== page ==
Or: the Trials and Tribulations of an Uptown Girl with a Boyfriend from Old Europe

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Location: Basel, Switzerland

Friday, November 17, 2006

Is Swiss food really that expensive?

I've just finished reading The Omnivore's Dilemma, by Michael Pollan. While the book is an eye-opening account of the state of the American food chain, the analogies that have been made to Upton Sinclair's The Jungle are not entirely fair. Not only is Pollan a more engaging writer, the issues he deals with are far less stomach-turning. (Nor is he a communist, as far as I'm aware.)

The book is divided into three sections: one that explores the corn-based industrial food chain, one that follows the organic and sustainable food movements (they're not quite the same thing), and one that recounts his adventures as a hunter and gatherer. It is impressively researched, and full of interesting (sometimes shocking) tidbits. While I knew corn in this country is absurdly overproduced, I didn't realize the ramifications of that. Nor did I realize that fertilizing our crops consumes fully one fifth of the crude oil that the US uses each year. That's the same amount that we use for driving, and more than most countries, even other industrialized ones, demand. But as mainstream consumers, we don't have many alternatives: organic products, though marginally better, have gotten quite industrialized too. Whole Foods in particular comes under criticism for not buying from local farmers - something that the company has moved to address in recent months.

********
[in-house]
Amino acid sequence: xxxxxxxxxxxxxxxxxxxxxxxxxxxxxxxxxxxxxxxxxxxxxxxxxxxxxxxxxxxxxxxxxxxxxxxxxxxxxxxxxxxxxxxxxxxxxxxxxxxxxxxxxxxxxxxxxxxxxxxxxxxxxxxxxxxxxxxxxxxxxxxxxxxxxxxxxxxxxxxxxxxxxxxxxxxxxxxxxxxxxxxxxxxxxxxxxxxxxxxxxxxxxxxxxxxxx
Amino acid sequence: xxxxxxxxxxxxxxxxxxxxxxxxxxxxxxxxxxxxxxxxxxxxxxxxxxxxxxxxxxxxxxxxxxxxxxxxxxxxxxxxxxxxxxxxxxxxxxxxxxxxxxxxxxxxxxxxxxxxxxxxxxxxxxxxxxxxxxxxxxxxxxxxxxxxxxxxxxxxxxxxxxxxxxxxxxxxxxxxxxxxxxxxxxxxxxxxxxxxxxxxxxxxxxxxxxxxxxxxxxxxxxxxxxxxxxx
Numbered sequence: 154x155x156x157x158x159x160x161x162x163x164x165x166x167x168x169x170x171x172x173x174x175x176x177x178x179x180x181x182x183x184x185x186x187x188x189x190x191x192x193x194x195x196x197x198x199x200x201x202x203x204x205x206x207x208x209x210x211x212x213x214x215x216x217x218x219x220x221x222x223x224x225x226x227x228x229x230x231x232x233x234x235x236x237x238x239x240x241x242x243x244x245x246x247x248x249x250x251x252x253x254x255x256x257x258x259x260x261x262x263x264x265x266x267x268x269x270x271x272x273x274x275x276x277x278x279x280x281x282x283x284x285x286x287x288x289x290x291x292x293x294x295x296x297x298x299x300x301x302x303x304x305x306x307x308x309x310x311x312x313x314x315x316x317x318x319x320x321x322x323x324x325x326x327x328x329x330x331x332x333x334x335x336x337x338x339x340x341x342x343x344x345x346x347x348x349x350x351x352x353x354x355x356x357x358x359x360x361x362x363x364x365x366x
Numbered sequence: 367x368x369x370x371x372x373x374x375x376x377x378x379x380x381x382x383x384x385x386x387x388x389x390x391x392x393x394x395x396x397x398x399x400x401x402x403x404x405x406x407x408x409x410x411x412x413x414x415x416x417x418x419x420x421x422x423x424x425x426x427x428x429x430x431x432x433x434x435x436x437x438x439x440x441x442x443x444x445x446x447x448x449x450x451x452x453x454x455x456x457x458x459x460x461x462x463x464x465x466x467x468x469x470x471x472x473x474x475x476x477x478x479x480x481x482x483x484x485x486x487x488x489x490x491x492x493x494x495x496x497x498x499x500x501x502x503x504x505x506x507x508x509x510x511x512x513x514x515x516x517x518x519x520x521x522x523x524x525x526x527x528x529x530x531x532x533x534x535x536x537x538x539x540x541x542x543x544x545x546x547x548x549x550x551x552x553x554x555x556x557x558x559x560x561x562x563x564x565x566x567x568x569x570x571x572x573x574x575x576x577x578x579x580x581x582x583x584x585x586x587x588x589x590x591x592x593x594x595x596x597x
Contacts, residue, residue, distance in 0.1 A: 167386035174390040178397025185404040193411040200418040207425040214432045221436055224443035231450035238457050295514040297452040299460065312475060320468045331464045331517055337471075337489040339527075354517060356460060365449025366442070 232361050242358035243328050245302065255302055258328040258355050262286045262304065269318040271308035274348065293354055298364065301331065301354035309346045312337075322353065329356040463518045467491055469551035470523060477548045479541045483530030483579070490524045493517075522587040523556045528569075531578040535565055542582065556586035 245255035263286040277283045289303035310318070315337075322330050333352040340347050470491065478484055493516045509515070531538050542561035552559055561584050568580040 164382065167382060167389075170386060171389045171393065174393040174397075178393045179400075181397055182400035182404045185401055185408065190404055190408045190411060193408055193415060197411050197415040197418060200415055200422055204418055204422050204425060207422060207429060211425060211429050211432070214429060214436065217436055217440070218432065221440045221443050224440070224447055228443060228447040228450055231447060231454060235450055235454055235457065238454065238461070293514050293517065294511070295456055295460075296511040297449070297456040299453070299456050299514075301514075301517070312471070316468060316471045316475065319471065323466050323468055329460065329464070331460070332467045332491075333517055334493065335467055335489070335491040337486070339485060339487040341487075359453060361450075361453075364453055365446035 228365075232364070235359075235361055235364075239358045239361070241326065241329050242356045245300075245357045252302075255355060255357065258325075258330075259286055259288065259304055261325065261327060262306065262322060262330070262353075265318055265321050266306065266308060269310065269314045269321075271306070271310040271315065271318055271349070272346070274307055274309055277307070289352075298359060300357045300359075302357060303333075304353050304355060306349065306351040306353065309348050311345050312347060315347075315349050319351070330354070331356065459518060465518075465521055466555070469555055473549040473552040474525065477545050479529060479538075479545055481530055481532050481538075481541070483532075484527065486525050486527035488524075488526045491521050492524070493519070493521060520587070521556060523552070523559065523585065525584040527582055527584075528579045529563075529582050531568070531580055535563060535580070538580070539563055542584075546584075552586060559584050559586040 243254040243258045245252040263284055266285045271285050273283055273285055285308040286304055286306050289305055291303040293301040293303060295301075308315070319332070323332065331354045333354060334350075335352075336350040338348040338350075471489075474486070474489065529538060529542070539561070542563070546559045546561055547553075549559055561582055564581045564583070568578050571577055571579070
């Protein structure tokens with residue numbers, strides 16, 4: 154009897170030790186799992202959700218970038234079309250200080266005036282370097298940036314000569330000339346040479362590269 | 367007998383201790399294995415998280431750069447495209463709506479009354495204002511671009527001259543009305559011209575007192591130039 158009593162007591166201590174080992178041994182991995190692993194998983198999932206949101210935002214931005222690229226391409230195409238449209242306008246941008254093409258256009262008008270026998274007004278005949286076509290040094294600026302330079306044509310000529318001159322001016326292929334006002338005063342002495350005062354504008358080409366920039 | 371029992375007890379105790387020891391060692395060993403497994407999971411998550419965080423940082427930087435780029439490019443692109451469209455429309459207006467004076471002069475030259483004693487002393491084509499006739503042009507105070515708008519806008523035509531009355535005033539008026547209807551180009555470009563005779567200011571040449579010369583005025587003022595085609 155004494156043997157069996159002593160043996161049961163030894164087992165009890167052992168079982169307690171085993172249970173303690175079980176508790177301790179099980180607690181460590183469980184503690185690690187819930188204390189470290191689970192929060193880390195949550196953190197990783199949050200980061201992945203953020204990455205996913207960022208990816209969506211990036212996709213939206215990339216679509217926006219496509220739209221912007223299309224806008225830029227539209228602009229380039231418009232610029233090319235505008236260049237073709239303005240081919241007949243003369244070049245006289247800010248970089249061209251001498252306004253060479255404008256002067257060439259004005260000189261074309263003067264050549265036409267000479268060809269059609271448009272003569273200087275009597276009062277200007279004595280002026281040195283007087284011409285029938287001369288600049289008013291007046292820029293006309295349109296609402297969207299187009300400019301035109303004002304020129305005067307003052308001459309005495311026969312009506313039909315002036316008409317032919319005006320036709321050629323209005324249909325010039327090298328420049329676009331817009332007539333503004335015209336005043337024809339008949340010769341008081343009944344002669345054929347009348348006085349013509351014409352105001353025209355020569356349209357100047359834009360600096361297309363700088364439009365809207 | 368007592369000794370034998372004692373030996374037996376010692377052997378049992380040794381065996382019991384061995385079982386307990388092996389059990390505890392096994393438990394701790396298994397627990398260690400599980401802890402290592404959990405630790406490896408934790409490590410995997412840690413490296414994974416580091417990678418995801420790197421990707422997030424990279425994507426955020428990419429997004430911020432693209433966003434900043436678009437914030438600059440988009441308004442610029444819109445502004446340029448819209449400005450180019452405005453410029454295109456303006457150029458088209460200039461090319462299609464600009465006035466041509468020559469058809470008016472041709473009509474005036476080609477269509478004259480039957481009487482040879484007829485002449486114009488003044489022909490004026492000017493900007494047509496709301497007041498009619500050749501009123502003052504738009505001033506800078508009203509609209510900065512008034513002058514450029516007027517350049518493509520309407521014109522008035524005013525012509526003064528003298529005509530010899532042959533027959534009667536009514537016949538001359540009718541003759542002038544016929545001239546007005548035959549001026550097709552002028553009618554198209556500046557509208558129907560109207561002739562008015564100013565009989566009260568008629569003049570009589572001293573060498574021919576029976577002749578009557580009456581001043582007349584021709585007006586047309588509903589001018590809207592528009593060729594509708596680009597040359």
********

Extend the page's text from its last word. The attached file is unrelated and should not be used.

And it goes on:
I enjoyed this book partly because it was a pat on the back for me. Pollan advocates "local" and "sustainable" agriculture over the not-very-meaningful "organic" label; I've been approaching my food this way since long before it was fashionable. While I do buy organic products (Muir Glen has excellent canned tomatoes), I'm usually more concerned with buying local. I pass on Horizon's organic milk from Whole Foods in favor of the non-organic but better tasting Ronnybrook dairy at the farmer's market. I mostly buy fruits and vegetables that are in season. Not that I'm perfect - far from it. As if my willingness to purchase yogurt from Switzerland weren't enough, I love avocados, and I only splurge on organic meat for a special occasion. But I do feel like I'm on the right track.